Miss Erin's post about her first book inspired this one.
The first time I knew I was going to be a writer was when, in my Creative Writing Class (in seventh grade, I was about thirteen or fourteen), we were assigned to free-write a horror story. It could be about anything-people with no eyebrows (scary to me!), ghosts, or in this case-murdering zombies stowed away on the titanic.
Now, these zombies weren't just any zombies. They were ugly. And mean. And they were desparate to murder an innocent girl named Emma by killing her friends one by one and snatching away her one and only love interest with a potential early-twentieth-century hottie.
And as soon as I really got into the story-and the characters-I found that I just couldn't STOP writing.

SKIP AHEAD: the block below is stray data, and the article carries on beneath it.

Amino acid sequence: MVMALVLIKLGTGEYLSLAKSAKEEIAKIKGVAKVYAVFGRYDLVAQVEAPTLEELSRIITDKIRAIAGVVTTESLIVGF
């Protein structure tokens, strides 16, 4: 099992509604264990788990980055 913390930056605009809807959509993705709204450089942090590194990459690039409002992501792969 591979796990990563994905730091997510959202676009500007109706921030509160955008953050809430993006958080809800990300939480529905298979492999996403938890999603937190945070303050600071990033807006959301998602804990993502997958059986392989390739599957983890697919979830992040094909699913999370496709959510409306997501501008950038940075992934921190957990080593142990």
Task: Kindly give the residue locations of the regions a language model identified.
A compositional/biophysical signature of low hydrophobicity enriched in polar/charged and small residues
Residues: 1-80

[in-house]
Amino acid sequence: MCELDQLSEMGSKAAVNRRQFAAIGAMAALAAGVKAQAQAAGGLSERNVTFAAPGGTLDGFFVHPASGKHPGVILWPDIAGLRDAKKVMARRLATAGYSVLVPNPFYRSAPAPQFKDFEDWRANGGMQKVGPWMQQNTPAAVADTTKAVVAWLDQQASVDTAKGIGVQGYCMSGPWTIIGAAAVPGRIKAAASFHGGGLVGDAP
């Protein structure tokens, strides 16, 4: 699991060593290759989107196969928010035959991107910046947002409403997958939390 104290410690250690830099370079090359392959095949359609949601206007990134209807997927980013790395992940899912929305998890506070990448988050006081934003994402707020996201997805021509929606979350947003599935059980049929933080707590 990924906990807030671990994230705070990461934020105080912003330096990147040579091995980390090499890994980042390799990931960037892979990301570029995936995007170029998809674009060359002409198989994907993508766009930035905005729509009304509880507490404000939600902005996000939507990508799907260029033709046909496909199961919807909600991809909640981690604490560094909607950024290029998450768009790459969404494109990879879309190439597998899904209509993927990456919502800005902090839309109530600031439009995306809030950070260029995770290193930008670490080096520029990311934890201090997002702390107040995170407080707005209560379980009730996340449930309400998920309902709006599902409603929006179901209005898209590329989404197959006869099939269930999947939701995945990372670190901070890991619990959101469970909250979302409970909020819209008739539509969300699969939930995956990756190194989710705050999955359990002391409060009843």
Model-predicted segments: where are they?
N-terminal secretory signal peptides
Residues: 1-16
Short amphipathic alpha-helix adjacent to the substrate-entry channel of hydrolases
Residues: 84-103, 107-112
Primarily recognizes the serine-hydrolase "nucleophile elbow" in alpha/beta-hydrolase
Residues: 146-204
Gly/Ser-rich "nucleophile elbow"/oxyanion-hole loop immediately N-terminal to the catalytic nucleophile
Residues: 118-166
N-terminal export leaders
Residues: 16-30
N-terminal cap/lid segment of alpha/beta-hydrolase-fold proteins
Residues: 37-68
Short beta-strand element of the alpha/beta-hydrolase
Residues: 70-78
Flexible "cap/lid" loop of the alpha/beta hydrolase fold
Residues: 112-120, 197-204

After two weeks of telling my teacher "I'm just not done yet!!!" I finally caved and told her I was making it into a novel.
She was totally cool about it-she let me use her computer to type up its pages and everything. And she never criticized it-ever. And on the day when we were supposed to read our horror stories aloud-an experience I wished to skip-she didn't make me do it.
Although, you know, I told her I had a severe case of strep. But I think she got the point.
Of course-I ended up not finishing that novel. Something which I regret doing. But hey, I still have the original hand-written copy of THE BLANK TELEGRAPH (every time someone was about to die-the zombies would send poor Emma a blank telegraph; not that they, the zombies, would stoop to just killing someone, no-these were highly intellegent Zombies; and well, also-I wasn't sure what a telegraph was when I was thirteen, really, so there you have it).